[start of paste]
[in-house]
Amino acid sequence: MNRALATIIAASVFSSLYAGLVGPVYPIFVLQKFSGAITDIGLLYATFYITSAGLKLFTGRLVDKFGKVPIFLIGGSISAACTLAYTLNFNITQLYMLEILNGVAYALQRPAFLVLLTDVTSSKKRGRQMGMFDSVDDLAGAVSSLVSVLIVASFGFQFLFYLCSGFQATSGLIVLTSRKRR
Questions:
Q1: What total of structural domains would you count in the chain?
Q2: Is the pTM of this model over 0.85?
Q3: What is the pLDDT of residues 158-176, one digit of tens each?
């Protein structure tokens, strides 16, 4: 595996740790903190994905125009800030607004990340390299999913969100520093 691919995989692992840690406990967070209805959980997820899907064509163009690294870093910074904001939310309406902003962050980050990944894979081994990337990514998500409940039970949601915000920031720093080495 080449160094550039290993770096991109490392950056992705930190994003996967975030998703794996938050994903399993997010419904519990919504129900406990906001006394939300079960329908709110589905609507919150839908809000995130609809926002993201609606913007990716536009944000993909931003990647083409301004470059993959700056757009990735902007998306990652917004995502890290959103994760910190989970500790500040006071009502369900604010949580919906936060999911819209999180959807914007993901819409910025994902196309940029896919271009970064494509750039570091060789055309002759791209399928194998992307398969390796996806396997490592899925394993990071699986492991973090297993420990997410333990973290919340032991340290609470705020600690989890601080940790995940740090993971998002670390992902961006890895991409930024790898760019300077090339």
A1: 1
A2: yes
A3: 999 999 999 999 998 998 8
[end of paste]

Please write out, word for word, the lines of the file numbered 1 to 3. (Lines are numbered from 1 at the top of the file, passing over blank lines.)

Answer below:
[in-house]
Amino acid sequence: MNRALATIIAASVFSSLYAGLVGPVYPIFVLQKFSGAITDIGLLYATFYITSAGLKLFTGRLVDKFGKVPIFLIGGSISAACTLAYTLNFNITQLYMLEILNGVAYALQRPAFLVLLTDVTSSKKRGRQMGMFDSVDDLAGAVSSLVSVLIVASFGFQFLFYLCSGFQATSGLIVLTSRKRR
Questions: